Holocaust Memorial Day commemorates the 6 million Jews who lost their lives during World War 2. Back in 2011, I visited the largest of the concentration camps
At the beginning of November 2011, I visited Auschwitz and the surrounding area as part of a college programme. When deciding that this was something I wanted to do, I could never have prepared myself for what I was going to see or how these things would make me feel.
Around 25 of us made the trip having had regular meetings in the lead up, which included meeting Holocaust survivor, Harry Olmer, a Polish Jew. Having heard Harry’s story of being moved from no less than 5 concentration camps, we were also given a talk by the Holocaust Memorial Trust on what we should expect from Auschwitz.
We landed in Krakow, Poland in the early hours of Sunday morning and travelled into the heart of the city where we were staying. Once we had arrived at the hotel and dropped off our luggage we headed down to the historical district of Kazimierz, in Krakow. The district was home to the Jewish Community dating back to the 14th Century and up until the Second World War. Many of the buildings and structures still remain and we ate in one of the many Jewish Cafes that surrounds the square. We were told how Kazimierz was mostly deserted after the Second World War and was crime-ridden and had a reputation for being unsafe at night right up until the 1990s. However, Cracovians have repopulated the district without abandoning its historical and cultural roots.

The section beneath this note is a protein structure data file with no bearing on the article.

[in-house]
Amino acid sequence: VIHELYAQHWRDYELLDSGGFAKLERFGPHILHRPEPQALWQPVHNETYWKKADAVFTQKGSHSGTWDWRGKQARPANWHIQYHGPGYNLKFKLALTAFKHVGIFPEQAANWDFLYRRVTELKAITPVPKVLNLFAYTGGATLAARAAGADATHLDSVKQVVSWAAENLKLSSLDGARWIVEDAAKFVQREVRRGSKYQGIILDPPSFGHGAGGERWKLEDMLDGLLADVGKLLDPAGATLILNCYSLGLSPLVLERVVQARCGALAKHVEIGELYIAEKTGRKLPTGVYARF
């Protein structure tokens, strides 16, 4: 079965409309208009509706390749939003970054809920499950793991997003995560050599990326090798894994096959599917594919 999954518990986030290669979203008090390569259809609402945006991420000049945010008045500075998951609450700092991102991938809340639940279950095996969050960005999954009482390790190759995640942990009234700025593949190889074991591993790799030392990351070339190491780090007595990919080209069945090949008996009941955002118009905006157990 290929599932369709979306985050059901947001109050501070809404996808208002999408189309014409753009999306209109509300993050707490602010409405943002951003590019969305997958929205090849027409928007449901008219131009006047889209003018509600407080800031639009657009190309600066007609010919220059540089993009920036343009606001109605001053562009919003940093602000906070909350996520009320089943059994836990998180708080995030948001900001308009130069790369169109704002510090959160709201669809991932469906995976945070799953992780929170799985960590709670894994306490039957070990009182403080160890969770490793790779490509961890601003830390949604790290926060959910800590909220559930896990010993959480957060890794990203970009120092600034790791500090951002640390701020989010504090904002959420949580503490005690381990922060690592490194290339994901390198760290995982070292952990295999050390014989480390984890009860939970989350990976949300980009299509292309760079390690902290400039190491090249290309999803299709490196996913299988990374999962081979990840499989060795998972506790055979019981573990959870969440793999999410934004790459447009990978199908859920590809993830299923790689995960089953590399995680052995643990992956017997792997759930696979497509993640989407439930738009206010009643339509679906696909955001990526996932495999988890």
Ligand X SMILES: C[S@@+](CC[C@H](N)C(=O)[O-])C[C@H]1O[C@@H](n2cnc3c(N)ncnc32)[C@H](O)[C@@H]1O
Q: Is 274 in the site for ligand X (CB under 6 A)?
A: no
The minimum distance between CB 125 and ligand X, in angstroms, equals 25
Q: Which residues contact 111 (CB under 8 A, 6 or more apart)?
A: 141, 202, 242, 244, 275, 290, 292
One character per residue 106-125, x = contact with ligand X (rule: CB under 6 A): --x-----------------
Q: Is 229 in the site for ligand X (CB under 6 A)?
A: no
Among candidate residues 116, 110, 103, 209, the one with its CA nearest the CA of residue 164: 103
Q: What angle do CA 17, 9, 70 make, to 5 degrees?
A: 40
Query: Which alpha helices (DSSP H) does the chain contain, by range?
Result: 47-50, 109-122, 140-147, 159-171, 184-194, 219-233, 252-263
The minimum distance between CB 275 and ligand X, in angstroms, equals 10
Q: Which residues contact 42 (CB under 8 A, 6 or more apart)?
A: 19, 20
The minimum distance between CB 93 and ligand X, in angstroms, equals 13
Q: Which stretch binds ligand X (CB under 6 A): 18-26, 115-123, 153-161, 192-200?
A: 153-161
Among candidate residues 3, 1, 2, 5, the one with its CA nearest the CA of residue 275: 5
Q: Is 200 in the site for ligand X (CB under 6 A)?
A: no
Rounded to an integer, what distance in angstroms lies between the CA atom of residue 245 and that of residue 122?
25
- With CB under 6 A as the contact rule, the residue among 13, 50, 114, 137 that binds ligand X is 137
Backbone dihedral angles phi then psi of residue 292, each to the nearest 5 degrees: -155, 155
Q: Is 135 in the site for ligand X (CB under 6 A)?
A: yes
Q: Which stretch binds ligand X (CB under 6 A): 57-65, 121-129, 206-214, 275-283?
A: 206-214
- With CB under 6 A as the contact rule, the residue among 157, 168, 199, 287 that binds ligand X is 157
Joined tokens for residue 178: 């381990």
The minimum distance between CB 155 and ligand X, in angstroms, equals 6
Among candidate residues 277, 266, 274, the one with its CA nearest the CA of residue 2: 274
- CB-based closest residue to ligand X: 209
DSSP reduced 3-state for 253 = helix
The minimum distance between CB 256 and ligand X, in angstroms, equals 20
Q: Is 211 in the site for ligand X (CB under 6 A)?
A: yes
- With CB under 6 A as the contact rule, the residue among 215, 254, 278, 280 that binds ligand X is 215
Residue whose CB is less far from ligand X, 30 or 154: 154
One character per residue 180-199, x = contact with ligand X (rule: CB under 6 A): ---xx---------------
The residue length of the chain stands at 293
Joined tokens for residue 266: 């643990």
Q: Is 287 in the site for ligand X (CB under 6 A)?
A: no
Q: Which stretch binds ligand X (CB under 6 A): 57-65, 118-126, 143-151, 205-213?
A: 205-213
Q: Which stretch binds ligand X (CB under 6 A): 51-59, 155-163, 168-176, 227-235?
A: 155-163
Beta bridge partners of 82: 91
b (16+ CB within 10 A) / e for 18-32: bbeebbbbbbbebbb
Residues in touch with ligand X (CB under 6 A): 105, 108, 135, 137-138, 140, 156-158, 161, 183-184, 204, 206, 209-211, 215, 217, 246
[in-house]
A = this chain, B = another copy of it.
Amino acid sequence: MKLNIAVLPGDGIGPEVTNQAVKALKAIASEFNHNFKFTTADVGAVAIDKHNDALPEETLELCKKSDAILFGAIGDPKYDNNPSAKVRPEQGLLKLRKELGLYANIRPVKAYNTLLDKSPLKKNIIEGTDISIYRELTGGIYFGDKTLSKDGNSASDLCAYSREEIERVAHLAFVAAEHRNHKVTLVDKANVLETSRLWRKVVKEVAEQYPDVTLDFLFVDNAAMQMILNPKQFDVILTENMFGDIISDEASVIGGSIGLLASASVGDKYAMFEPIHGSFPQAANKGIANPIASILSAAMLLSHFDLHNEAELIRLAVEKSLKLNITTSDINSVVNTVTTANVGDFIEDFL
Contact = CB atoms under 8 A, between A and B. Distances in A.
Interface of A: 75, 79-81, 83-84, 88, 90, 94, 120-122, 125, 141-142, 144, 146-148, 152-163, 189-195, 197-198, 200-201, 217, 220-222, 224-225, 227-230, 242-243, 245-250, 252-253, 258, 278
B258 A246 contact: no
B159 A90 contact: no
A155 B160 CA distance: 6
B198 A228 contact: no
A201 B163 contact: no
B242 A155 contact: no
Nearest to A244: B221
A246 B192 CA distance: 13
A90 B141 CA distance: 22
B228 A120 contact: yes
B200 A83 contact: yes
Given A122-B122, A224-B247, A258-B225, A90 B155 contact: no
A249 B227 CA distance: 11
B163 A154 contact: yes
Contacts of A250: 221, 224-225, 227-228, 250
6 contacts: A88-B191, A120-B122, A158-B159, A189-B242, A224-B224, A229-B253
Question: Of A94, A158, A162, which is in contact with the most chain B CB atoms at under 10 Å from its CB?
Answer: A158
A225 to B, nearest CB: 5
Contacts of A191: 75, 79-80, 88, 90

We wandered around Kazimierz, where Steven Spielberg shot many scenes for “Schindler’s List”. We discovered that this was a recurring theme in a lot of the places we visited, despite very little of the action happening there. We also visited Remuh Synagogue which is still in use. This gave us an insight into the Jewish culture and community. The more we understood about their way of the life, the more difficult it was to understand what led to them being persecuted during the Second World War.
Having visited the Galicia Museum, dedicated to Kazimierz and its involvement in the Holocaust, we ventured to the outskirts of Krakow. This is where the Jewish Ghetto “Plac Bohaterow Getta” was located and we looked at the memorial that lies at the heart of it, symbolising their imprisonment before being taken to camps. Nearby, we passed by Oskar Schlinder’s factory, where he saved many Jews from being sent to concentration camps. We also visited Plaszow, the site of a former concentration camp which now serves as a memorial .We were surprised to find it used as a country park where many Poles were dog walking before dusk.
In the evening, we went back into Krakow and were allowed to explore the main part of the city before dinner. The Market Square was very busy and surrounded by cafes, shops, restaurants and many churches. At six o’clock we turned our attention to St Marys Basilica, on the edge of the square where every hour, a bugler plays the Last Post.
The next day we had an early start in order to get to Auschwitz and Auschwitz- Birkenau which are around an hour and a half from Krakow. None of us really knew what to expect as we headed towards the first site. The sun was shining brightly and it was a fairly mild day, shattering all our illusions of Auschwitz being a cold, dark and gloomy place. We arrived at Auschwitz (1) which was the concentration camp site, the iconic “Arbeit Macht Frei” (Work makes you free) sign looming above our heads. Although hard labour was the main purpose of this camp – as our guide, Lucas, took us around – it was plain to see that many deaths took place.